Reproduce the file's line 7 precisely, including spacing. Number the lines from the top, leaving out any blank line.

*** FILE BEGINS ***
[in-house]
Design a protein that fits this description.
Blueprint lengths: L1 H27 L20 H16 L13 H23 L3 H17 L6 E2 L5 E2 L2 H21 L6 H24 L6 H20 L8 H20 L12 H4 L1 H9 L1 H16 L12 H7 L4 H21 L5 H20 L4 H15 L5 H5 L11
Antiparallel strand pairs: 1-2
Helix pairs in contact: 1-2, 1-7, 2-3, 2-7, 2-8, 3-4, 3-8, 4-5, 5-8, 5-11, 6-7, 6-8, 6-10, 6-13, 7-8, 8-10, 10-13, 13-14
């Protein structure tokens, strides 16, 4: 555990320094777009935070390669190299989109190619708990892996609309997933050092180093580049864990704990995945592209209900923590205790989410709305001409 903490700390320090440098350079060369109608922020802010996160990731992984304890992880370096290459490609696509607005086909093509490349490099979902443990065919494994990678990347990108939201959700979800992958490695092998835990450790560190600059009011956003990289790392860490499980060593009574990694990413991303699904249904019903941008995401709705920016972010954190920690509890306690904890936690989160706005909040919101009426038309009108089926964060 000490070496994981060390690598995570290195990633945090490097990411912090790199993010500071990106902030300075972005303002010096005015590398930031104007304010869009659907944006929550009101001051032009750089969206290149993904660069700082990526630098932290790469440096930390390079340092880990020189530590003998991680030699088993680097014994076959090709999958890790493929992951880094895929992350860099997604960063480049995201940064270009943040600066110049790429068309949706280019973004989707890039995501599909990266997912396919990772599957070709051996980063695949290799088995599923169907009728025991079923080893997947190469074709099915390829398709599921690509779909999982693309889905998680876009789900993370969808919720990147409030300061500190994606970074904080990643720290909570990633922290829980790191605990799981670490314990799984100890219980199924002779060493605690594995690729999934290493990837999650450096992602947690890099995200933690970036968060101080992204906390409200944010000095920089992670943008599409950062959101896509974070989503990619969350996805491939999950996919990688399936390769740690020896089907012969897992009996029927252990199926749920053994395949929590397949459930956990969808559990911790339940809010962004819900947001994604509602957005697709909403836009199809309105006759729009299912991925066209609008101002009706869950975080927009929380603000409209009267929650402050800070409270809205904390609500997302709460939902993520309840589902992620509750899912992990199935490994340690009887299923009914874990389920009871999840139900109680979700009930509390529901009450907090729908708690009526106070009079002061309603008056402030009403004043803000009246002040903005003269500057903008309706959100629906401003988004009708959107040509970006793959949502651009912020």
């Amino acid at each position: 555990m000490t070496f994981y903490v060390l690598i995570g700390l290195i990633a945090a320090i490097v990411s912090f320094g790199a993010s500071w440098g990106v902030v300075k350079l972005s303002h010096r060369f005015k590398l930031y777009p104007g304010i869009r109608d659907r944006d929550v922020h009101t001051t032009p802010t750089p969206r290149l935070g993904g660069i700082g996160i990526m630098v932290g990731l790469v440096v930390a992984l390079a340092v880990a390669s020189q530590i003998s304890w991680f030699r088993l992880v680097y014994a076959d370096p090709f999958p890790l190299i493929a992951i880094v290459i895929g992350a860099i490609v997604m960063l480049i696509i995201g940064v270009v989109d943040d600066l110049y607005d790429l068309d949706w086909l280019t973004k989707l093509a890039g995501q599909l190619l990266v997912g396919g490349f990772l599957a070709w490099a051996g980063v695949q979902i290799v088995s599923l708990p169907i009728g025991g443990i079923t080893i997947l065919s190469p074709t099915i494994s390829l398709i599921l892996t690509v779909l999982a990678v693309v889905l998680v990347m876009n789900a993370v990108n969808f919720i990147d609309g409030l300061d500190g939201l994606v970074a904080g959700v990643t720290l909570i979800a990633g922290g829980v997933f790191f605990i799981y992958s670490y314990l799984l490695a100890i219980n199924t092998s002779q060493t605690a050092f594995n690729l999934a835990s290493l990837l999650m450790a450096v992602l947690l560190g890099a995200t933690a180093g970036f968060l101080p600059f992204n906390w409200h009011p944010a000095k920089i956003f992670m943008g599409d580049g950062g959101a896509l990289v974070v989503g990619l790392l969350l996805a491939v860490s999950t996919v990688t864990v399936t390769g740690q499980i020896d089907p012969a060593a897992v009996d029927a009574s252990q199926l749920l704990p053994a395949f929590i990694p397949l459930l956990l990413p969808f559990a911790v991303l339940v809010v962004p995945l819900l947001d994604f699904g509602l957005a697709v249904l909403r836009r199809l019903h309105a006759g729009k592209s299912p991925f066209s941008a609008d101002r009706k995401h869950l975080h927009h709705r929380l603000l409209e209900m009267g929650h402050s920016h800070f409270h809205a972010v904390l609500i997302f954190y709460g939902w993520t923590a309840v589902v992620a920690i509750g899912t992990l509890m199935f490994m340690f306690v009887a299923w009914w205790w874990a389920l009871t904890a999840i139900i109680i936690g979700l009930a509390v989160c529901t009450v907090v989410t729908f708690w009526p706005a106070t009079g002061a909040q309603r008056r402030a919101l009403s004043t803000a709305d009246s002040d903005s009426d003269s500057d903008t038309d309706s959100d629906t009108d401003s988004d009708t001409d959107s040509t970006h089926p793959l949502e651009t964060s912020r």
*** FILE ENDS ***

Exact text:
């Amino acid at each position: 555990m000490t070496f994981y903490v060390l690598i995570g700390l290195i990633a945090a320090i490097v990411s912090f320094g790199a993010s500071w440098g990106v902030v300075k350079l972005s303002h010096r060369f005015k590398l930031y777009p104007g304010i869009r109608d659907r944006d929550v922020h009101t001051t032009p802010t750089p969206r290149l935070g993904g660069i700082g996160i990526m630098v932290g990731l790469v440096v930390a992984l390079a340092v880990a390669s020189q530590i003998s304890w991680f030699r088993l992880v680097y014994a076959d370096p090709f999958p890790l190299i493929a992951i880094v290459i895929g992350a860099i490609v997604m960063l480049i696509i995201g940064v270009v989109d943040d600066l110049y607005d790429l068309d949706w086909l280019t973004k989707l093509a890039g995501q599909l190619l990266v997912g396919g490349f990772l599957a070709w490099a051996g980063v695949q979902i290799v088995s599923l708990p169907i009728g025991g443990i079923t080893i997947l065919s190469p074709t099915i494994s390829l398709i599921l892996t690509v779909l999982a990678v693309v889905l998680v990347m876009n789900a993370v990108n969808f919720i990147d609309g409030l300061d500190g939201l994606v970074a904080g959700v990643t720290l909570i979800a990633g922290g829980v997933f790191f605990i799981y992958s670490y314990l799984l490695a100890i219980n199924t092998s002779q060493t605690a050092f594995n690729l999934a835990s290493l990837l999650m450790a450096v992602l947690l560190g890099a995200t933690a180093g970036f968060l101080p600059f992204n906390w409200h009011p944010a000095k920089i956003f992670m943008g599409d580049g950062g959101a896509l990289v974070v989503g990619l790392l969350l996805a491939v860490s999950t996919v990688t864990v399936t390769g740690q499980i020896d089907p012969a060593a897992v009996d029927a009574s252990q199926l749920l704990p053994a395949f929590i990694p397949l459930l956990l990413p969808f559990a911790v991303l339940v809010v962004p995945l819900l947001d994604f699904g509602l957005a697709v249904l909403r836009r199809l019903h309105a006759g729009k592209s299912p991925f066209s941008a609008d101002r009706k995401h869950l975080h927009h709705r929380l603000l409209e209900m009267g929650h402050s920016h800070f409270h809205a972010v904390l609500i997302f954190y709460g939902w993520t923590a309840v589902v992620a920690i509750g899912t992990l509890m199935f490994m340690f306690v009887a299923w009914w205790w874990a389920l009871t904890a999840i139900i109680i936690g979700l009930a509390v989160c529901t009450v907090v989410t729908f708690w009526p706005a106070t009079g002061a909040q309603r008056r402030a919101l009403s004043t803000a709305d009246s002040d903005s009426d003269s500057d903008t038309d309706s959100d629906t009108d401003s988004d009708t001409d959107s040509t970006h089926p793959l949502e651009t964060s912020r």